Fernanda Kray: Go to our WIDA ELD Standards Framework webpage because you will have access to that introductory video that I mentioned to you. You have a flyer, you have a PowerPoint deck. These are all things you can use if you are doing staff meetings, sharing with your colleagues in your district. There's the Guiding Principles of Language Development – they are in thirteen languages, we have a new illustrated version. It is great to talk to families using those. We have focus bulletins. And we have new materials, new resources coming out all the time. So keep checking back. For example these Q&A webinar recordings will be available on that page about a week after, after we do them live. So coming up soon we have a set, three sets of – three or four sets of frequently asked questions. So keep checking back over there to look for all of the new things that are coming out.
Fernanda Kray: And so our next Q&A that we hope to see you at are February 10th, 23rd and March 9th – that information is also on our website. Alright, so I’m going to take a breath and start to hear from the moderators about what it is that you'd like to talk about now.
Elizabeth Warren: So we have a question regarding where language functions and features fit in with a SIOP model. So they’re asking – would you say that language functions and language features are used in addition to the language and content objectives following SIOP of a lesson?
Fernanda Kray: I haven't thought about SIOP in a while. So, but SIOP is one approach. There are people who do separate content and language objectives. There's a lot of people who want to do a joint objective that includes content and language. So I don't know if Lynn or Warren or somebody else wants to jump in? I think that's so up to like which model you are doing. I mean, I would
Lynn Shafer Willner: Yeah, this is Lynn. I’d say part of it is a philosophy issue. So you're looking at language functions. It's how you're taking language like the – describing the features, you know the structural parts of language and how you're using it to do things. And those doings are in the language functions, and then they're grouped together in sets – which make the language expectations. So with SIOP a lot of the objectives are at the lesson level. So I think it's a matter of looking at them as complimentary. And so you're looking at how you can have your arrows, your goals kind of going in the same direction but I don't think, there's not – it's not intended to be a one to one spot.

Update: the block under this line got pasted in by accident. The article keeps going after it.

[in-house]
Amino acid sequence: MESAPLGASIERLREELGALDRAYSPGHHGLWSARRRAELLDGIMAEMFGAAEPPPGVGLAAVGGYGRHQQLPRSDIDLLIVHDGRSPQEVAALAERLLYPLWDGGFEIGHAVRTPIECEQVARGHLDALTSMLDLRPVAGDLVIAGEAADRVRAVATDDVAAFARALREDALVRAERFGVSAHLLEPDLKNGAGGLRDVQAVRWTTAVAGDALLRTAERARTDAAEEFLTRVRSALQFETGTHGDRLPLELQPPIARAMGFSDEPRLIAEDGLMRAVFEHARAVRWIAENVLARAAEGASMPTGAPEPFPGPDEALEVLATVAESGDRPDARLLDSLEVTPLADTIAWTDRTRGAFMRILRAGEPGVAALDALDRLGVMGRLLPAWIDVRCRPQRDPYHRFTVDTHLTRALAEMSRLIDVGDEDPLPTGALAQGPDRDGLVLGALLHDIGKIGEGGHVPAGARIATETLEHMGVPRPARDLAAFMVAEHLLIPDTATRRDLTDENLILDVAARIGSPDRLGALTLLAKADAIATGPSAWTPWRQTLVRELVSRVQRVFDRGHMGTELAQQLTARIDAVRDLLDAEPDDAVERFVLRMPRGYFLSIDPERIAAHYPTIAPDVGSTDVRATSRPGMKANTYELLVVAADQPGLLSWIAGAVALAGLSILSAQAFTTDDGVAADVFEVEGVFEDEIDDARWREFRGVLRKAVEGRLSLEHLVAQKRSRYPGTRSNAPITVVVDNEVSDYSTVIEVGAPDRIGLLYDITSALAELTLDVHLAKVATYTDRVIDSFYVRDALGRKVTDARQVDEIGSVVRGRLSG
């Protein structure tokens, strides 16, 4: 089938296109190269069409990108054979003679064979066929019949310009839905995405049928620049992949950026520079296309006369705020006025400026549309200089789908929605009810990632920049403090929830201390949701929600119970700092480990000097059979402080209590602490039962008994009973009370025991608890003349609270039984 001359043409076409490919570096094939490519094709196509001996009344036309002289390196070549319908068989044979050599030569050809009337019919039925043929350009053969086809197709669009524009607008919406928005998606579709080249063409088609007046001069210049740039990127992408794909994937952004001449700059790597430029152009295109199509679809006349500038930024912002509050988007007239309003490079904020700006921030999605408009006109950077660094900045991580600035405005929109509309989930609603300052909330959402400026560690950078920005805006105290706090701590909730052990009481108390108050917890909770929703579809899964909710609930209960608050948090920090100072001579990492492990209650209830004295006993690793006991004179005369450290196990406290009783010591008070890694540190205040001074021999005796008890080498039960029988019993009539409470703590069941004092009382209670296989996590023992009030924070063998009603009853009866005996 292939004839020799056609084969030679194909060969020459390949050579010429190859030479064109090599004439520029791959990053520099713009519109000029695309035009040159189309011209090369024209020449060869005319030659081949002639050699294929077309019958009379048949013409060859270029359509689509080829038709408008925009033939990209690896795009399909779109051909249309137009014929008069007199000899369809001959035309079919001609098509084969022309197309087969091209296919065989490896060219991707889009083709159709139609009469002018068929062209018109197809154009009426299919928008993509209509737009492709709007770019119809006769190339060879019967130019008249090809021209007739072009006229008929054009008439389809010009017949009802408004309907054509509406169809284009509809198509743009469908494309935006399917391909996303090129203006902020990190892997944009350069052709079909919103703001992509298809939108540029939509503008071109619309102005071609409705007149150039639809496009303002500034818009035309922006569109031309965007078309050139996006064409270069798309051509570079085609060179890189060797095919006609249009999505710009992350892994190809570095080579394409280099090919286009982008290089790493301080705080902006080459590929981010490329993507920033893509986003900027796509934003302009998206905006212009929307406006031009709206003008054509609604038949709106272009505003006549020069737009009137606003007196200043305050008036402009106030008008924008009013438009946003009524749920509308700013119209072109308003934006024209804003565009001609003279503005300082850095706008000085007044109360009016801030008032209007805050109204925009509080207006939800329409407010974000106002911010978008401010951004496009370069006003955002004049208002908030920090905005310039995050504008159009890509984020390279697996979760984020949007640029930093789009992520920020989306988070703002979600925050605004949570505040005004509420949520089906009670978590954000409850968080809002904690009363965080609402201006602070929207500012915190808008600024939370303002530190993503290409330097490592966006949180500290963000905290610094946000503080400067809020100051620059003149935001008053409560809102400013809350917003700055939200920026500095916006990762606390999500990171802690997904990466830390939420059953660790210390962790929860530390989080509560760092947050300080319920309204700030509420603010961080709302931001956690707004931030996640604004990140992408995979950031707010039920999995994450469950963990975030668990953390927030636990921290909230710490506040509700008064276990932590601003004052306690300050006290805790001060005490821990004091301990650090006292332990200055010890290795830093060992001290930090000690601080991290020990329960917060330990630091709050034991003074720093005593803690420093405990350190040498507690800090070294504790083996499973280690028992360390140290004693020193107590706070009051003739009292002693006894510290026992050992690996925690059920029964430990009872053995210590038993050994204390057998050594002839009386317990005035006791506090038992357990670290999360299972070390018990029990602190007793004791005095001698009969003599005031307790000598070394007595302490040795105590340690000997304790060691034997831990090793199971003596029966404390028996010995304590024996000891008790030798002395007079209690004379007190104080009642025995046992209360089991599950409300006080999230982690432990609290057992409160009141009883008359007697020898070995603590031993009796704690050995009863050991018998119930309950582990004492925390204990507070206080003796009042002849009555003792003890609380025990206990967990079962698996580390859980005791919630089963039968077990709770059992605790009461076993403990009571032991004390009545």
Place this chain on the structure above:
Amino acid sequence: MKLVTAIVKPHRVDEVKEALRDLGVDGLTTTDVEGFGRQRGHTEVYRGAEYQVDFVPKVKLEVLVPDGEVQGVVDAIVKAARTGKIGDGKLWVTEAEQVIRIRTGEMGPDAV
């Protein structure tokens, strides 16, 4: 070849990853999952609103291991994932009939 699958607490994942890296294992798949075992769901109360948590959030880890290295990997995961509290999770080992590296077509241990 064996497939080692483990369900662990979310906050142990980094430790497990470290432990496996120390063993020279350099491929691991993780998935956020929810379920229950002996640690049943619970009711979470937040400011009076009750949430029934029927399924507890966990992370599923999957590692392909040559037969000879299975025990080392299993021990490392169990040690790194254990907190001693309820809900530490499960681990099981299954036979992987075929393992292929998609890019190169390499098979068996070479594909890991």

Elizabeth Warren: Thank you.
Lynn Shafer Willner: Yeah, there’s flexibility if you, if you look at the bullets. Thanks for putting that slide up there. So there may be especially with expressive there are times that you may, it may be useful. For example, if you're looking at this student is narrating and so it's in Grades 2-3. And so within an essay – do they do these three things with language? Are they orienting the audience to content, to the context? What's, what is going on in the background? How is the language fitting to that particular to language arts, their narrating and telling a story? Do they have a sequence where they have the events, complication and resolution? And then are they adjusting their language so that they're engaging their audience? So especially with expressive you may want to group these together in an activity, but then with interpretive if you are looking at it – that could be used individually. It really depends, there's flexibility. Depends on how you want to use them but they do function together as a cohesive set. Elizabeth, did you have something you were going to say?
Elizabeth Warren: No. No, thank you.
Fernanda Kray: I think it would also be good if we could spend a little bit of time talking about where the Can Do’s fit in, their relationship to these Framework pieces. I've seen several questions related to that.
Lynn Shafer Willner: So Fernanda, I can take that one as well. At this time WIDA is not retiring the 2014 Can Do Key Uses Edition. It's very popular, and so when we're thinking about rollout – this rollout is occurring over three to five years. We're sensitive to the fact that we're rolling out updated Standards during a pandemic, and so we're doing this rollout over time. And so as we're looking at the rollout, we're also trying to be careful about what educators are using the Can Do Key Uses for. And then as we go forward we'll look, we will be updating them. That's where the conversations are going towards, but again we're doing this in a three to five year period. So it doesn't mean that next year you need to be ready. Next spring for all your students to be ready for the updated – the language expectations and the proficiency level descriptors. You have some time to kind of ease in and look at how you're going and integrating them into your current work if that helps.